Large hospital chains:

A startup could also approach a large hospital chain instead of individual clinics in order to sell its products. Apollo, for instance, has over 64 hospitals and 100 primary care centres internationally.

Successfully negotiating an agreement with Apollo to place a device in even a portion of its clinics could help the startup consolidate distribution efforts and costs as well as gain significant early traction.

However, this process may be lengthy and bureaucratic. Startups could also find themselves squeezed for margins, especially considering that some hospitals may insist on a pilot prior to purchasing the startup’s solution. This strategy may be best suited for telemedicine such tele ICUs, teleradiology or workflow assisting and productivity improving software.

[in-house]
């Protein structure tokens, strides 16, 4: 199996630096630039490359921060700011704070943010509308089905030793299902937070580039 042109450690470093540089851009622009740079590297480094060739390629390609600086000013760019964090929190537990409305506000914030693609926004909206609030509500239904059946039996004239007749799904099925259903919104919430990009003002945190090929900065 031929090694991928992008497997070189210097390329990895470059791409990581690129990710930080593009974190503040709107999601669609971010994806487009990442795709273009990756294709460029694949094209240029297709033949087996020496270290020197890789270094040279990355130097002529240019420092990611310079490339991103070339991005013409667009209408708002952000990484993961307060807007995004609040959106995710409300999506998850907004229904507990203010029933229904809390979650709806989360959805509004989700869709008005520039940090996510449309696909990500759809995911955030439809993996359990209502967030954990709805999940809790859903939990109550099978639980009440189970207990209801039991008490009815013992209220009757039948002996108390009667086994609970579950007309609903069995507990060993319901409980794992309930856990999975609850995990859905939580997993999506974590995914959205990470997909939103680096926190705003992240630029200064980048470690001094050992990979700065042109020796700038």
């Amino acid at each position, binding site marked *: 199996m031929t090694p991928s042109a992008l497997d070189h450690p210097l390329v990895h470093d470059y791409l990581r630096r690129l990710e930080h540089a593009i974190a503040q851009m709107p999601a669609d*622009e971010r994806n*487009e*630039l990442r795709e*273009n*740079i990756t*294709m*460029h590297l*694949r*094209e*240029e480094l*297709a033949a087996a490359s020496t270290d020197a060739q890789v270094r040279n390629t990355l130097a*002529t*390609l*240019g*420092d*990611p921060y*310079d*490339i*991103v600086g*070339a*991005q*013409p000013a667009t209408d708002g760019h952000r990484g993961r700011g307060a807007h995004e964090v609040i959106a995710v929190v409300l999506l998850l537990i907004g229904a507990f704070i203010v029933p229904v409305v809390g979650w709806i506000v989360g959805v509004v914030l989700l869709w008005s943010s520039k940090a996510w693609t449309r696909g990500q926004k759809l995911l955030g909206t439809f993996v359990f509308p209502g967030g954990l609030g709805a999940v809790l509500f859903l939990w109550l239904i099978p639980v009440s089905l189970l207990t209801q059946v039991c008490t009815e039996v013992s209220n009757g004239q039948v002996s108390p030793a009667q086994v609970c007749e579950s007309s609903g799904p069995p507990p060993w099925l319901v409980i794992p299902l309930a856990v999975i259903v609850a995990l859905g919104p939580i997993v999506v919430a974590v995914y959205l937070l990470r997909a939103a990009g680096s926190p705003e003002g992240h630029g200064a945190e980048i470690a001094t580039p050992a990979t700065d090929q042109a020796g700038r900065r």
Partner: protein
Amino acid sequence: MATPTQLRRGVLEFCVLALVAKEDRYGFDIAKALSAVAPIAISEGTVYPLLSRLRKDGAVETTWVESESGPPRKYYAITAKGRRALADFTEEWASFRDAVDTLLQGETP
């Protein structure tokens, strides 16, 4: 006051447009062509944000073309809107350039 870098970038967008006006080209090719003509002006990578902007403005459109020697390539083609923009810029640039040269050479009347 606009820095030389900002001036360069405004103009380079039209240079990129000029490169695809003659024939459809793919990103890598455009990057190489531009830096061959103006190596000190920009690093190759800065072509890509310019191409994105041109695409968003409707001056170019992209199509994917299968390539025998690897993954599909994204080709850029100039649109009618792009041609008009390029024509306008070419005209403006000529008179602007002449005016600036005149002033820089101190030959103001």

Pharmacy chains:

Startups with patent-centric products such as BP monitors, glauco meters, pulse oximeters as well as home use or wearable devices can distribute products through large pharmacy outlets such as MedPlus, Apollo, Trust Pharma etc. Generally, sales of these devices are driven by recommendations made by clinicians.

The core advantages of this strategy include rapid penetration, access to the large patient base and potential for cross-selling (For e.g., chemists can identify patients on regular BP medication and offer BP monitors to them.

The primary drawback would be the high margins demanded by chemists.
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Through the existing point of care locations: